Maybe that’s why they won.

Columbus Crew fans holding a “Save The Crew” banner in the stands during the 2017 Eastern Conference Championship against the Toronto FC.
The Save The Crew movement mobilized as soon as team owner Anthony Precourt’s desire to move the team became public.
Aaron Doster-USA TODAY Sports

You might remember the extremely broke days of mid-era MLS when the league contracted and more than half the teams were owned by two ownership groups. Things are a lot better now, with billionaires clamoring to get into a league that can pick and choose who it wants to accept $150 million expansion fees from. But only true MLS heads are likely to remember the brief bridge period in which the league recruited a lot of new sub-billionaire owners and about half of them sucked.

Precourt was a member of that group, purchasing the club from the Hunt family in 2013. There was a lot of concern up front about whether Precourt, a non-Ohioan, bought the team to move it, and he adamantly said he wouldn’t.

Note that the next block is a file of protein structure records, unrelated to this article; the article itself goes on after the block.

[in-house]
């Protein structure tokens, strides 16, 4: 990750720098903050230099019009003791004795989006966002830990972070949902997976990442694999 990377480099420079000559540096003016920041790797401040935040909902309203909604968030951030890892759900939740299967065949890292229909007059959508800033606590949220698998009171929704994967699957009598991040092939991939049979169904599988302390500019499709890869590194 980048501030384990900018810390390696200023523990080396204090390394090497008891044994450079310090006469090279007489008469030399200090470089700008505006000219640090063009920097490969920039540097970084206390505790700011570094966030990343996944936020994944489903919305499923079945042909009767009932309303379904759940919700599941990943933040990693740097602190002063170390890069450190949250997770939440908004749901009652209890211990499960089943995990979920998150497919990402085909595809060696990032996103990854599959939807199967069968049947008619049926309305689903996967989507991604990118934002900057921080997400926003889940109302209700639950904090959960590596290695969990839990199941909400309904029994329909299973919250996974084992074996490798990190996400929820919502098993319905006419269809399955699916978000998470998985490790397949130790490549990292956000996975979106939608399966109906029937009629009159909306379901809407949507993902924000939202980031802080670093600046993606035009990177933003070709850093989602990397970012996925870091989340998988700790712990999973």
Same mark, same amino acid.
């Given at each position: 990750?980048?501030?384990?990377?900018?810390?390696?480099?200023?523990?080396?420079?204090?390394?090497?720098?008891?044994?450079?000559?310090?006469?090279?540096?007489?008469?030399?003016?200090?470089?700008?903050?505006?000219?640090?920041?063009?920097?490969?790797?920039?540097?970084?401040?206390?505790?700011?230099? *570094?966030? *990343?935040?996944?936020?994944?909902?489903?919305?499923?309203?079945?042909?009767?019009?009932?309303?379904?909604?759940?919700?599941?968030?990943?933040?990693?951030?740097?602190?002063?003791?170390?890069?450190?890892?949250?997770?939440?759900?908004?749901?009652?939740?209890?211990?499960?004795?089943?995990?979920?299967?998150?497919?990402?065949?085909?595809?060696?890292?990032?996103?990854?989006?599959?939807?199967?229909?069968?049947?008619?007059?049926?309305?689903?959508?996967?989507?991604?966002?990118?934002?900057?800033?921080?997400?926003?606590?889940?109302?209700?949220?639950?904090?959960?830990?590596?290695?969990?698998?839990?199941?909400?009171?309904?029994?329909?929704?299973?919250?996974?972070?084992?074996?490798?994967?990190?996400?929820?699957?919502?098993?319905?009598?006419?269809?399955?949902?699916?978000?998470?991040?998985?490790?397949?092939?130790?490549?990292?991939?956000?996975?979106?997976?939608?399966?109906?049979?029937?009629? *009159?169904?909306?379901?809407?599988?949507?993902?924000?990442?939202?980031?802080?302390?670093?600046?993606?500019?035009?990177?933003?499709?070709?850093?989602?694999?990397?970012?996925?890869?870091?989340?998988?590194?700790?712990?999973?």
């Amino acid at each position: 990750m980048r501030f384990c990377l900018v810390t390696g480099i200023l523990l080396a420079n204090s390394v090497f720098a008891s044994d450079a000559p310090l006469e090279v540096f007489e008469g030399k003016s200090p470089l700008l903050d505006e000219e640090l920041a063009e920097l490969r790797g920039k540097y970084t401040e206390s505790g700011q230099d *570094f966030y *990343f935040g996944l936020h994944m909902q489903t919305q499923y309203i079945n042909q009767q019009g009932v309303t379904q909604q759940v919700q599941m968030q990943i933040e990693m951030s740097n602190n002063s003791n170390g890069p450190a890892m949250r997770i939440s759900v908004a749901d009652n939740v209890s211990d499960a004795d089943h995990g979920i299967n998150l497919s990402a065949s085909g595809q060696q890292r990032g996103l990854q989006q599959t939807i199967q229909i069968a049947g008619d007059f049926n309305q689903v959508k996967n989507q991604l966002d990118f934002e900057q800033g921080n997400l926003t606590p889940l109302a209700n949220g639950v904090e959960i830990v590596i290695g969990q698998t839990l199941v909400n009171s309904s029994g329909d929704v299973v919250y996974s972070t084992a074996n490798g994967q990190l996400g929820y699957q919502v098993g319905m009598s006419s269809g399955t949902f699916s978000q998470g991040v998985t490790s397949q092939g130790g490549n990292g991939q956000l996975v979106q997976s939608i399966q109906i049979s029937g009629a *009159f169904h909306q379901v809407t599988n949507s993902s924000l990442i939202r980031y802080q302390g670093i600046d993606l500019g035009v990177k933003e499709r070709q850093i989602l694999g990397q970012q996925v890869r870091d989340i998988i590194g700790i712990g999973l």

From a Columbus Dispatch article about the ownership change:

On the eve of J. Anthony Precourt’s unveiling as the new chairman and operator-investor of the Crew and Crew Stadium, Columbus mayor Michael B. Coleman had one question.

“My first question was, ‘Is the Crew staying in Columbus?’ He said, ‘Absolutely. The Crew is in Columbus to stay ... I’ve come to understand his passion for soccer,” Coleman said. “He has a genuine interest and commitment to Columbus.”

Heck, you can hear Precourt’s promise from the man himself. Take it away, Tony.

But Precourt is not from Columbus. He was born and raised in San Francisco, built his business there, and still lives there. “Precourt attended a handful, under 10 games, as owner of the team. He just wasn’t here for us,” Miller says.

The public learned about Precourt’s intention to move the Crew to Austin in October 2017, but according to an article in the Columbus Business Journal, he’d already been working with the league on the team’s relocation for a while before that. And Alex Fischer, CEO of local business organization the Columbus Partnership, was among the aggrieved:

“We offered millions in additional community sponsorships, as well as an offer to buy the team. Mr. Precourt wasn’t interested,” he said. “I guess we are learning why.